“It’s important that while we are making sure our youth know that participating in the democratic process is important, and we may feel strongly about our views and beliefs, that not everyone shares those beliefs, and they have different experiences and backgrounds that inform their beliefs,” said Ross.
She said to stress the importance of listening to understand, and disagreeing without becoming insulting.
Whether it’s via e-learning or in the classroom, or during a play date, kids may hear their peers talk about candidates or policies.
Ross said to urge your kids to listen with empathy.
“[To understand] why some students may be so passionate and assertive in their talks about politics or specific political candidates, help them [see] things from that peer’s perspective,” she said.
Ensuring what your child is hearing from their peers is factual can help them navigate information, too.
“We need to help our students process any information they hear (from peers or in media) through a lens of truth. Not everything that their peers are sharing is truthful. They may hear some truths, they may hear some statements that sound like fact or truth, but they aren’t really, and they will hear many opinions,” Ross said.
Adolescents and teenagers may be concerned about certain issues that could directly affect them, their family, or community.
Ross said this is particularly true for those who are in marginalized groups.
“Many of the big issues being discussed by both parties in this election cycle can have a major impact on the ways that they are supported by their government and what rights they can exercise. Proposed actions from some politicians can upend the way they live, learn, and work in their community,” she said.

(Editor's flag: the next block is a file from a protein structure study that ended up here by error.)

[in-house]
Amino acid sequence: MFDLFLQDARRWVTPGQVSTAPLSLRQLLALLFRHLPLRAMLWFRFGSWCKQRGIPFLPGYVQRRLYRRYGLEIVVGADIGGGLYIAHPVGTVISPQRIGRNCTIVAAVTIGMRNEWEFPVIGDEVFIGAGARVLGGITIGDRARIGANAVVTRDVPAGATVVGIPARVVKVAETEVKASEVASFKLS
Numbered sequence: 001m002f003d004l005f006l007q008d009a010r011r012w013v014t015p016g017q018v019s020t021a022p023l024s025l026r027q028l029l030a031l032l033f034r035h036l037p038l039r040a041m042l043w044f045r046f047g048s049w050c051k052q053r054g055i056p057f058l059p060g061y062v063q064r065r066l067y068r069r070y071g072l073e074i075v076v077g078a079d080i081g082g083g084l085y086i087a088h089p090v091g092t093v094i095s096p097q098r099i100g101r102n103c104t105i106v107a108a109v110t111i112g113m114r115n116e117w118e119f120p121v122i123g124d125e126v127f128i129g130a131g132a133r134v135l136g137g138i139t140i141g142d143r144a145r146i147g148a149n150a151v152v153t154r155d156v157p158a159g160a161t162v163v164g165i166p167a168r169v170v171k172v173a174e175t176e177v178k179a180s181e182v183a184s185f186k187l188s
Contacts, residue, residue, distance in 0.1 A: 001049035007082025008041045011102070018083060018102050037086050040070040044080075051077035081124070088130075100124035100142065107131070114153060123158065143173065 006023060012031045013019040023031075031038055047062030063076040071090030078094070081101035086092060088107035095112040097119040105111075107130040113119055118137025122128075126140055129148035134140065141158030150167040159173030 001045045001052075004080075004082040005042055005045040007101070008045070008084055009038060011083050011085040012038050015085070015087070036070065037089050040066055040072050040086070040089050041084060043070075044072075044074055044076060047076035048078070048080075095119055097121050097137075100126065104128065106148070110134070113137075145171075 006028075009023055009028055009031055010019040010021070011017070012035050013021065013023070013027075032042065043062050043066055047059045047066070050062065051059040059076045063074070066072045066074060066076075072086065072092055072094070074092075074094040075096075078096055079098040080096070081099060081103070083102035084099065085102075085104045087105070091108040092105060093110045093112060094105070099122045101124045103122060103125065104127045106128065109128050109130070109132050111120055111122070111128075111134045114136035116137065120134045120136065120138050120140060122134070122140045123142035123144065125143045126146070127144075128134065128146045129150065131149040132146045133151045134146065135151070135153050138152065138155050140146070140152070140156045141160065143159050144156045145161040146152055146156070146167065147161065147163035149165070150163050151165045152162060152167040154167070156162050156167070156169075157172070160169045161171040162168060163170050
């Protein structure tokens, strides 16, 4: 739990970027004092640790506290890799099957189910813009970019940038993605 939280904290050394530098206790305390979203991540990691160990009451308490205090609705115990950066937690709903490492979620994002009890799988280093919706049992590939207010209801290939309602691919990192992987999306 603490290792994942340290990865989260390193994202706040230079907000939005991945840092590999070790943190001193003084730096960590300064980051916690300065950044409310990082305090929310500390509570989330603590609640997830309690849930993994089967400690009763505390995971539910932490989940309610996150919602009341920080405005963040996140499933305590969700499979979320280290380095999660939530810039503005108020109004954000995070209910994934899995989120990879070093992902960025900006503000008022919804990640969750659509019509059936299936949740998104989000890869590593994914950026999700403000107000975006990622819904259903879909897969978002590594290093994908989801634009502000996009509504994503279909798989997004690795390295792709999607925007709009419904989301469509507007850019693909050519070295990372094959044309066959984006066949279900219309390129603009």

Because of this, it’s understandable that some kids may feel anxious, confused, or uncertain.
“Validate how they are feeling and normalize those feelings because so many other people are feeling the same way. Sometimes that’s all our youth need — someone to listen and really hear them,” said Ross.
To give them reassurance, she suggests reminding kids that the U.S. government is set up to provide a certain level of checks and balances.
“While we have seen some of those being bent in partisan favor, there are still other community members and politicians that are working hard to make sure their lives are protected and supported by the government. Point out times where this has happened to help your child identify supporters and helpers,” Ross said.
While kids may hear about, witness, or participate in rallies and protests leading up to the election, it can be helpful to inform them about the potential for heightened emotions and violent responses after a president is elected.
Taylor said to emphasize to younger children that as their parent, you’ll ensure their safety.
With older children, discuss how free speech is a protected right and can be used to speak out about injustices and grievances.
“[Talk about how] some protests can turn violent for a variety of reasons; this can be confusing to adults let alone children and teens. You don’t have to have all the answers, but be willing to engage in a dialogue with them. This can help to dispel any misinformation they might have and ground them in values you want to promote as a family,” said Taylor.
Ross agreed, adding that it can help kids to know that sometimes people are impacted negatively by decisions and laws created, which can alter their life.
“As we have witnessed very recently, there may be a few other community members who see the protest as an opportunity to make poor decisions, but help our youth focus on the majority and the purpose behind the protest,” she said.